By Mark Odlum
Virtual reality (VR) for pain control dates back to at least the 1990s, when researcher Hunter Hoffman at the University of Washington provided burn victims with a chilled environment and VR headsets that allowed them to move through an “icy” world, throwing virtual snowballs at virtual penguins.
While immersed in the game, the injured individuals were more easily able to complete painful processes such as having their bandages changed. Hoffman and his team discovered that when an individual was placed in a highly stimulating and engaging environment, they could be redirected from their own pain.
This discovery reinforces the Gate Control Theory, which posits that the “gate” through which pain signals travel to the brain can be opened or closed. “When we focus on one thing, it will close the gate on other thoughts, such as pain,” explains Celine Tien, founder and CEO of Flowly, a virtual reality therapy app aimed at helping individuals who live with pain take back control of their nervous systems.
“If I’m focused on the VR distraction, I’m not thinking about the pain; therefore, I do not feel it,” Tien explains.
Despite the success from these early studies, it was still the 1990s. Yes, we had Space Invaders and Tron, but VR technology was clunky, expensive, and required an entire room to set up the environment. Three decades later, VR technology has evolved dramatically, particularly with the ubiquity of smartphones.
“VR is safe, non-invasive, and you can literally do it in your bed,” says Tien.
Training the body’s responses through imaginary worlds
Virtual reality has been found to help treat the acute pain of an injury or medical procedure. But it can also be a useful tool in the long-term management of chronic pain. One of the ways this works is by combining VR with biofeedback therapy.
Biofeedback therapy uses sensors to measure key bodily functions, including heart rate and electrical skin conductance to reflect emotional states; similarly, neurofeedback measures electrical brain activity. Biofeedback has also been around for decades, but for a long time, it was bulky, difficult to access, and very expensive. Today, though, the service is much more accessible.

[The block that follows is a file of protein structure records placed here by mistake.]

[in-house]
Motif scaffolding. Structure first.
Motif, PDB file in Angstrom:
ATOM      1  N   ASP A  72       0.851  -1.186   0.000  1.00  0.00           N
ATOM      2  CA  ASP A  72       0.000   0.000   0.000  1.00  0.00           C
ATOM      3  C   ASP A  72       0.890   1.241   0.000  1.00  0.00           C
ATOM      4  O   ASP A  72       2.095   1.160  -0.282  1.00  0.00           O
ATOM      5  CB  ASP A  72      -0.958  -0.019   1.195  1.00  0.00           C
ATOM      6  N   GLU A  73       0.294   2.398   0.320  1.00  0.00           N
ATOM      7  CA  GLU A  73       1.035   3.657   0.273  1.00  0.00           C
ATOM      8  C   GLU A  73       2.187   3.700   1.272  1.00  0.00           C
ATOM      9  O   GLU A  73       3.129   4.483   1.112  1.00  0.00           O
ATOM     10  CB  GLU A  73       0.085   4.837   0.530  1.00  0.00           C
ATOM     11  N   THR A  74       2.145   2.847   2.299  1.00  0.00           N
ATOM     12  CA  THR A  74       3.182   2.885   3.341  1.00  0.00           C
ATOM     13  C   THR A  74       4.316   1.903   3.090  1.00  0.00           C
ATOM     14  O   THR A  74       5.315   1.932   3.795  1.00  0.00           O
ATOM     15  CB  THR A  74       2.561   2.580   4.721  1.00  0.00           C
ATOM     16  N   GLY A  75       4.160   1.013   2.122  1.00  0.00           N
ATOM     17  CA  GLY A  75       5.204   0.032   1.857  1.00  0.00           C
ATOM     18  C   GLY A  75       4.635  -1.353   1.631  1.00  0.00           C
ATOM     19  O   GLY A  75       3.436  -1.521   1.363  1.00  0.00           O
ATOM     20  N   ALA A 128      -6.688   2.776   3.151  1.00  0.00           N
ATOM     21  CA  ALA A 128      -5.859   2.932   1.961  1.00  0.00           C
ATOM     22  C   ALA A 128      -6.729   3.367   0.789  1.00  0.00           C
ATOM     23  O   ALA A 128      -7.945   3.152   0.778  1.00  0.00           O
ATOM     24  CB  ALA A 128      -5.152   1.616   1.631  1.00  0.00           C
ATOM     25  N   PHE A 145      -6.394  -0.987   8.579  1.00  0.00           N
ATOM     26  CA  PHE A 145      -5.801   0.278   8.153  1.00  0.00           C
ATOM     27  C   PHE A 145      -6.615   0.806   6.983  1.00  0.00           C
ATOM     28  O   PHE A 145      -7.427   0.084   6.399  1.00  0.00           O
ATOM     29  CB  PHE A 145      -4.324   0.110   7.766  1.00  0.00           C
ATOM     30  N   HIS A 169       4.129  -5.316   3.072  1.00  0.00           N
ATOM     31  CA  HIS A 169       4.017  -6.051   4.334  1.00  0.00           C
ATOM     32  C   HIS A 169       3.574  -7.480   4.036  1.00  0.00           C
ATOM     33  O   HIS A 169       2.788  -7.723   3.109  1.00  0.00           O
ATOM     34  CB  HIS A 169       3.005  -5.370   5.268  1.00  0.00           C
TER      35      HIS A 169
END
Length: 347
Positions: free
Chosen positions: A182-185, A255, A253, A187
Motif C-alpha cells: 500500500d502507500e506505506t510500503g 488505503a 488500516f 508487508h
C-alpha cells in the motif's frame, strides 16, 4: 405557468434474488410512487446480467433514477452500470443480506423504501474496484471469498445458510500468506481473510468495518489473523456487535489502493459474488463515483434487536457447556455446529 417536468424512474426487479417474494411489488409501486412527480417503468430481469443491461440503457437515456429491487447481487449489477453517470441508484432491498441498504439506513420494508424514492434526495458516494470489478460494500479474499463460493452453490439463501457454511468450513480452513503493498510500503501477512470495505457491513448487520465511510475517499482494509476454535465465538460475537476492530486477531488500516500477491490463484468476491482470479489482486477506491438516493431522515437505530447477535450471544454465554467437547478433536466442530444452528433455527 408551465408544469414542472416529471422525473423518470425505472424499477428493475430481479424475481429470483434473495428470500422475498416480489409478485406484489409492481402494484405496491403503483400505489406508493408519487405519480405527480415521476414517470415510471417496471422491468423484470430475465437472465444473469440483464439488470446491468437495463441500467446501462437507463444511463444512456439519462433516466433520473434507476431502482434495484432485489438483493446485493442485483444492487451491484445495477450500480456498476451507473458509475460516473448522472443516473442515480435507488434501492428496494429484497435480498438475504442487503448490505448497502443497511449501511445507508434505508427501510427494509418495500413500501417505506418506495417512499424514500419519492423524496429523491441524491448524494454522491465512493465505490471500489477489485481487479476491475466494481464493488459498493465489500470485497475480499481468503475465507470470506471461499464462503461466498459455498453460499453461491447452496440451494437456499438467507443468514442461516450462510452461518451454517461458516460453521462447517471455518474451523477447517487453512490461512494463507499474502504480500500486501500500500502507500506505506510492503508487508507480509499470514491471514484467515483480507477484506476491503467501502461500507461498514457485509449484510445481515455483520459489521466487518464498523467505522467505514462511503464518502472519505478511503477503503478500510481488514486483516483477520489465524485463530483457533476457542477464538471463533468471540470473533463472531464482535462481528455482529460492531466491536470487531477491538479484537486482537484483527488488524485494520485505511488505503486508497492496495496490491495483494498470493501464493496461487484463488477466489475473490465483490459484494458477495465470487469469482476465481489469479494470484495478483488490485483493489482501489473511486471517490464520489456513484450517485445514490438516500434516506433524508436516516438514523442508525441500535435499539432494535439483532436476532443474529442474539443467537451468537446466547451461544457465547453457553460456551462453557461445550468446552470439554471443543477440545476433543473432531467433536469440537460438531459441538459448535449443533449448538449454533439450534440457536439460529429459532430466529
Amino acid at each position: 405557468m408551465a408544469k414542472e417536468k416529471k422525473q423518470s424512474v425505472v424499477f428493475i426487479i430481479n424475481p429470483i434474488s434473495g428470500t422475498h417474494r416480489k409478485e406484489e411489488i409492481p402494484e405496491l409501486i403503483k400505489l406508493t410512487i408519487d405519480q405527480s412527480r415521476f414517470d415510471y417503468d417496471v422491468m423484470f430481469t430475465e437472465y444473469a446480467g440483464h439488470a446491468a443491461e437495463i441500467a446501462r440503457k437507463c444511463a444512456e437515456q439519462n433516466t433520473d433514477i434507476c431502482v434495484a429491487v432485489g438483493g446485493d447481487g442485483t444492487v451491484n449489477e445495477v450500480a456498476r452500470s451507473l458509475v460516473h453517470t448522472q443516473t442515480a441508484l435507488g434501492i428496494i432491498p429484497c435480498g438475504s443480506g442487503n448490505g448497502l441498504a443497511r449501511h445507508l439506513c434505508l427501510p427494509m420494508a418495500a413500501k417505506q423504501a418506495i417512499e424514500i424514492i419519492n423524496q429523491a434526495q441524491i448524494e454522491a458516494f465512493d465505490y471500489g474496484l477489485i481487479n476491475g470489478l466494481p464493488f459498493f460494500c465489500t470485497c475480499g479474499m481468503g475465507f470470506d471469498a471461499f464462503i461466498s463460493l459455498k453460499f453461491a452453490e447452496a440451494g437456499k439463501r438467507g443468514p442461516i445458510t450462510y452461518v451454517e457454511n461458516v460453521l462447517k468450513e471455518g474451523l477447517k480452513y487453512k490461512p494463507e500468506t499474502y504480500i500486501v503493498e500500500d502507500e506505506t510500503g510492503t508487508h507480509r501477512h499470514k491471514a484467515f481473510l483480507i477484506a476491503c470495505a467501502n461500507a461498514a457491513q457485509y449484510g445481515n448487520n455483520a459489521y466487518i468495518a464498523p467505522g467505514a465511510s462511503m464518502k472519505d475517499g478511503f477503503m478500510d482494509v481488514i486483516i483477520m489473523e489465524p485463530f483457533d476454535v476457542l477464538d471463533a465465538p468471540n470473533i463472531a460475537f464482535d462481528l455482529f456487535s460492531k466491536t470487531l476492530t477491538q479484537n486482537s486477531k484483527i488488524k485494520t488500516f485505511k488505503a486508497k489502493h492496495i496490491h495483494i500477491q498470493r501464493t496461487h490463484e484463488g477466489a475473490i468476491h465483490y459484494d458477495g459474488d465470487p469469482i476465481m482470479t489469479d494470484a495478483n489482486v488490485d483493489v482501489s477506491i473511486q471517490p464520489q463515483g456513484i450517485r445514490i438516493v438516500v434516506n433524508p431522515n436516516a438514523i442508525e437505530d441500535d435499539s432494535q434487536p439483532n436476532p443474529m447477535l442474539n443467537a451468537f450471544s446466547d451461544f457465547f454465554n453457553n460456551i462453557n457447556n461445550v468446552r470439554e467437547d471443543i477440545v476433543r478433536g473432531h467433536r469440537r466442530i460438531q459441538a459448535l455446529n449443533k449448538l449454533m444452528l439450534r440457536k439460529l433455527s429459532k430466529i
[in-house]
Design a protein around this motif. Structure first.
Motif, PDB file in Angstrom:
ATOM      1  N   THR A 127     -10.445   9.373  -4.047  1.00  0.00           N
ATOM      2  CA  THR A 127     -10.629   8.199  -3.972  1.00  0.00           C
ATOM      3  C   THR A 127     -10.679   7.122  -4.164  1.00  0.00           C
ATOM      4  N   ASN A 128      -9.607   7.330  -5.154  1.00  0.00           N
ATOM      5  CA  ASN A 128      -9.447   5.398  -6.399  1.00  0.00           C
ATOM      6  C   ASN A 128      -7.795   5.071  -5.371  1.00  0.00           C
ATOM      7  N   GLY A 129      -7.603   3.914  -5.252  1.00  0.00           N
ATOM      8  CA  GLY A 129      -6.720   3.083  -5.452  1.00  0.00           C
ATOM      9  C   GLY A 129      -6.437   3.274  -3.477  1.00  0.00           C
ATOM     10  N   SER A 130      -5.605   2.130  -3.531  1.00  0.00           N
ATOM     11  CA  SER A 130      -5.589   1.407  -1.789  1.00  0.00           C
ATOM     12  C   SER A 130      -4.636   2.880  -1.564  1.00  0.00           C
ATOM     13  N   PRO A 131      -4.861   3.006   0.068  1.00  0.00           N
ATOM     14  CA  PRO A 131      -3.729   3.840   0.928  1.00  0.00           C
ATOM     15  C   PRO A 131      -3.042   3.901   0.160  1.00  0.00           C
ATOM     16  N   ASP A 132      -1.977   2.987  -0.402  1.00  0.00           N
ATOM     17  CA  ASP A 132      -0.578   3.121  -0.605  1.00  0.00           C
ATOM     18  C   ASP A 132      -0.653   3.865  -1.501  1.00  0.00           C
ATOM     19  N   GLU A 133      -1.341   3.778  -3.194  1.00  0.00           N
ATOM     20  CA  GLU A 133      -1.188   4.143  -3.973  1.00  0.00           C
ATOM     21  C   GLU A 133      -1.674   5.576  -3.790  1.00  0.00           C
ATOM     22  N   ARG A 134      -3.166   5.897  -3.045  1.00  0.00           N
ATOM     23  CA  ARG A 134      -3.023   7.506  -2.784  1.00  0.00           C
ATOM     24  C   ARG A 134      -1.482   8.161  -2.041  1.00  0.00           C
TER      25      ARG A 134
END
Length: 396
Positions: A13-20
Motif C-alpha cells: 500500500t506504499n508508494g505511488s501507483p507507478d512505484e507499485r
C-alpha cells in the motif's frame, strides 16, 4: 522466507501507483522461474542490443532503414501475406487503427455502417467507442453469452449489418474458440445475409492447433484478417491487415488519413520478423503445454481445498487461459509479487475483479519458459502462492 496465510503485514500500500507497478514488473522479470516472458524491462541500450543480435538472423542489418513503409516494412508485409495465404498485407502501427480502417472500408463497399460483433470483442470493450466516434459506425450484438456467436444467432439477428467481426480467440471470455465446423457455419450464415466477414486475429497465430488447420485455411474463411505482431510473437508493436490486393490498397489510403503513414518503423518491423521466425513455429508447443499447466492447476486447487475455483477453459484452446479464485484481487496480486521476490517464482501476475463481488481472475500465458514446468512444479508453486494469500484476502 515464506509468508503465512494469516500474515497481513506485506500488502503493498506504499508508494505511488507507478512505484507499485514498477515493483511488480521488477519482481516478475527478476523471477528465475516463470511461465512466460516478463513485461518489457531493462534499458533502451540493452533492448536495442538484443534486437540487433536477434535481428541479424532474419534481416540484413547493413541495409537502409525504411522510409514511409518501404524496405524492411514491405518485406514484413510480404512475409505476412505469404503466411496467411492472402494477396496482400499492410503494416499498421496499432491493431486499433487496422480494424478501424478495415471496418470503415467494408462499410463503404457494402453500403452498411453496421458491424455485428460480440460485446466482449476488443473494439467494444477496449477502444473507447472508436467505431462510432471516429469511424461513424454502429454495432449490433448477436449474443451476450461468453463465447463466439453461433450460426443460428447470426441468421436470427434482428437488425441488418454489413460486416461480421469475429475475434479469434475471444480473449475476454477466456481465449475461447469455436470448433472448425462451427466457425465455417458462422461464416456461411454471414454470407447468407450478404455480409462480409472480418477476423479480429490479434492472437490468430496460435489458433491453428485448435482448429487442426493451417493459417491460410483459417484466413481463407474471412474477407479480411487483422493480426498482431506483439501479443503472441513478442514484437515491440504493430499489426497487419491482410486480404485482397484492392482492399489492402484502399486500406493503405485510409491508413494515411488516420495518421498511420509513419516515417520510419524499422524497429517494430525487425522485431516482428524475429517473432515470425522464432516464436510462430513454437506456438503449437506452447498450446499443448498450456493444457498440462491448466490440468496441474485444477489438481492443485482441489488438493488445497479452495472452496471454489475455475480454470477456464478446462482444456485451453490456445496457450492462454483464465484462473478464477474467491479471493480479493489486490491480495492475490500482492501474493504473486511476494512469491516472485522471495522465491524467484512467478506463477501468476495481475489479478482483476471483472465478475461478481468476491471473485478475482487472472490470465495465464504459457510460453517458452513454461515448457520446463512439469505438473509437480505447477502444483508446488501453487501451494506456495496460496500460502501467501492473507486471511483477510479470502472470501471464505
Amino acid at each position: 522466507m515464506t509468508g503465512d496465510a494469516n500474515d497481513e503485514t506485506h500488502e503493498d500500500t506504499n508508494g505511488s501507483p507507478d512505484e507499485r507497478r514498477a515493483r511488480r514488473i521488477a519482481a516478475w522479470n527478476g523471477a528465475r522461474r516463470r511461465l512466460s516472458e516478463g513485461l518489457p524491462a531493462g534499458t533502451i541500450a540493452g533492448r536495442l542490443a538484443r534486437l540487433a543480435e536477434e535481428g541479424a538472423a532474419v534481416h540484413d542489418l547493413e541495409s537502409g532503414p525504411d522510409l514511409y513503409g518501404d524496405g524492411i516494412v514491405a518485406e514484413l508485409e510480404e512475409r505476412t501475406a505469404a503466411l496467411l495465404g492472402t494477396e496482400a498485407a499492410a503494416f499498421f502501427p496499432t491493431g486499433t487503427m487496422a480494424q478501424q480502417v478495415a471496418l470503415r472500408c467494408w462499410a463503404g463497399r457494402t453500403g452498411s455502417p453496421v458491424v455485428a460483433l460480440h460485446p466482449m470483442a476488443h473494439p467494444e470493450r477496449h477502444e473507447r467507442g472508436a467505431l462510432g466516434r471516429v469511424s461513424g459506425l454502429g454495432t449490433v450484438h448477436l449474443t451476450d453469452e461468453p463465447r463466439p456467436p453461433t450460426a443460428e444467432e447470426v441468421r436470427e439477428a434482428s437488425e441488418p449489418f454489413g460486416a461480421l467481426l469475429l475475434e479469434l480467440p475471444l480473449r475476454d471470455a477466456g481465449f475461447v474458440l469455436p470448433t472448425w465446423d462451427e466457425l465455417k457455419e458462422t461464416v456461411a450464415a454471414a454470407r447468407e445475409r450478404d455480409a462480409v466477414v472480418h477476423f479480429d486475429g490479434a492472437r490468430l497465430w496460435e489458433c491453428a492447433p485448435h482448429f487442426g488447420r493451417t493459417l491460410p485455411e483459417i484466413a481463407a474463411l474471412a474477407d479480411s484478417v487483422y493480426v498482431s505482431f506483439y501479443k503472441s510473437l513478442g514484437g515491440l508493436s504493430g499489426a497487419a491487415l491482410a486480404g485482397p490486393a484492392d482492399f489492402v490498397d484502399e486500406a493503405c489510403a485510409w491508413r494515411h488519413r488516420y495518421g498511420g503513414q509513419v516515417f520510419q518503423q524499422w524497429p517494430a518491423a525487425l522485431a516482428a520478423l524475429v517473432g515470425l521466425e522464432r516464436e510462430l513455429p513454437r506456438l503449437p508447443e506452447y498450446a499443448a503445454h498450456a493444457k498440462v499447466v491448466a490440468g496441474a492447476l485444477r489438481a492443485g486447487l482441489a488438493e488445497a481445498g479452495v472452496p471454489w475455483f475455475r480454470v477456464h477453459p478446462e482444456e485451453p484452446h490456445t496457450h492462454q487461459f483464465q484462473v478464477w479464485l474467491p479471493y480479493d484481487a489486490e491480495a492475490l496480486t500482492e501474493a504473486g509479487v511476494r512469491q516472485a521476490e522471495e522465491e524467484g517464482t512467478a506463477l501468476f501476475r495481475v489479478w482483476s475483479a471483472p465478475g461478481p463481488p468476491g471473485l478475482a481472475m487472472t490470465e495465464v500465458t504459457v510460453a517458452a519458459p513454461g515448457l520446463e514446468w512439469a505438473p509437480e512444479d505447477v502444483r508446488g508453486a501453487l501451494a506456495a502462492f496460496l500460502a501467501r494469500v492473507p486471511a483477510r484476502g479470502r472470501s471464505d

Flowly combines VR distraction with biofeedback’s long-term training of the body, through the combined use of a VR headset and a heart-rate sensor that clips onto the finger. “[Suddenly] you’re sitting on the beach or wandering through a bamboo forest,” Tien explains. “But at the same time, you’re actually seeing your real-time heart rate, which we’re collecting through that sensor on your finger. We’re actually teaching you in the VR experience how to not only decrease a rapid heart rate, but actually improve your own heart rate variability, which allows you to shift your nervous system from the fight-or-flight mode, where a lot of pain and anxiety lives.”
Easing the fight-or-flight mode to a “rest, digest, and recovery mode” allows the body to “recover, sleep through the night, and address much of the inflammation that happens with chronic pain,” Tien adds.
Virtual reality as a remedy for dysregulation
The reason VR can be helpful for so many different types of pain is because chronic pain causes dysregulation of the nervous system. In the case of acute-to-chronic pain—for instance, when an injury has healed but long-term pain persists—the brain continues to process pain signals, even when the root of the pain is gone. The nervous system starts to live in what is called “sustained fight-or-flight mode,” Tien explains. The system’s constant scanning for threats, or pain, makes a person living with pain anxious, elevating the heart rate and affecting sleep.
“[VR can] teach you how to shift into your rest and digest mode, on command,” Tien says. “And that is extremely helpful for people whose nervous system is dysregulated, which is the case for many chronic pain patients.”
A helpful tool in a variety of scenarios
Mark Johnson, PhD, a psychologist at IPM Medical Group, a California practice that focuses on the management of chronic pain, has experienced success in implementing virtual reality alongside other modalities in his practice.
One of his patients lives with complex regional pain syndrome (CRPS), a neuropathic condition that often stems from an injury and is characterized by severe pain that is beyond the scope of the injury. During one visit to Johnson’s office, the patient was experiencing a severe flare and entered the office holding up her arm so that it wouldn’t brush against anything.
“We put some goggles on her and set up a distraction application,” Johnson says. “I watched her arm gradually go down until she was resting it on the table. It only took about 10 minutes. She was amazed at the difference in her pain levels.”
He adds, “One of the main uses with VR is when pain levels are at such a significant level that we’re just trying to take the edge off and bring them back to baseline, or bring a flare-up back down to its normal level.”
Virtual reality therapy has been shown to help people with both acute and chronic pain, along with treating anxiety, depression, and sleep issues—all of which are tied to the nervous system. Everybody’s different. But we all have a nervous system.
“You go through school and you learn math, English, science, and a second language—things that a lot of times you may never use again. But no one has ever taught you how to control the biggest, most controlling factor in your body: your nervous system,” says Tien. “I really think it’s something everybody needs to look into, no matter which platform you use.”
Virtual reality companies, tools, and apps for pain
- Cynergi VR
- REAL System